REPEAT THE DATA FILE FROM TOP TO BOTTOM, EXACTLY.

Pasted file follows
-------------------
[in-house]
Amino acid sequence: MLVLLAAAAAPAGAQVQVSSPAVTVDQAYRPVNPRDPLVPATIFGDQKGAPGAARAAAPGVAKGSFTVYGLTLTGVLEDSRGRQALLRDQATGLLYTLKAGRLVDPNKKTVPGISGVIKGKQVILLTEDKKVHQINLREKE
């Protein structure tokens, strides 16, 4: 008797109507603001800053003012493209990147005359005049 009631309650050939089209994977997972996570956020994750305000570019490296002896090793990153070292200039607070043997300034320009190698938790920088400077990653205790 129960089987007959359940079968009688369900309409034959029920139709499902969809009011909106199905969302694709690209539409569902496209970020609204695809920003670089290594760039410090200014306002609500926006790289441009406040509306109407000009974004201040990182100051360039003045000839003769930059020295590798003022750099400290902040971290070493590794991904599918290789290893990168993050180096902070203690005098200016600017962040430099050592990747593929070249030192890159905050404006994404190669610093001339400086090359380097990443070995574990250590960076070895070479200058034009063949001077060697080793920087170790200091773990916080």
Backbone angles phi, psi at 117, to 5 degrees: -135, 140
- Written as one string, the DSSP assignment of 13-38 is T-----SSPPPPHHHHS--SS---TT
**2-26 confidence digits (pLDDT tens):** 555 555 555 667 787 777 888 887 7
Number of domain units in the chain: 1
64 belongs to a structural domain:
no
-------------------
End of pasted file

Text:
[in-house]
Amino acid sequence: MLVLLAAAAAPAGAQVQVSSPAVTVDQAYRPVNPRDPLVPATIFGDQKGAPGAARAAAPGVAKGSFTVYGLTLTGVLEDSRGRQALLRDQATGLLYTLKAGRLVDPNKKTVPGISGVIKGKQVILLTEDKKVHQINLREKE
């Protein structure tokens, strides 16, 4: 008797109507603001800053003012493209990147005359005049 009631309650050939089209994977997972996570956020994750305000570019490296002896090793990153070292200039607070043997300034320009190698938790920088400077990653205790 129960089987007959359940079968009688369900309409034959029920139709499902969809009011909106199905969302694709690209539409569902496209970020609204695809920003670089290594760039410090200014306002609500926006790289441009406040509306109407000009974004201040990182100051360039003045000839003769930059020295590798003022750099400290902040971290070493590794991904599918290789290893990168993050180096902070203690005098200016600017962040430099050592990747593929070249030192890159905050404006994404190669610093001339400086090359380097990443070995574990250590960076070895070479200058034009063949001077060697080793920087170790200091773990916080």
Backbone angles phi, psi at 117, to 5 degrees: -135, 140
- Written as one string, the DSSP assignment of 13-38 is T-----SSPPPPHHHHS--SS---TT
**2-26 confidence digits (pLDDT tens):** 555 555 555 667 787 777 888 887 7
Number of domain units in the chain: 1
64 belongs to a structural domain:
no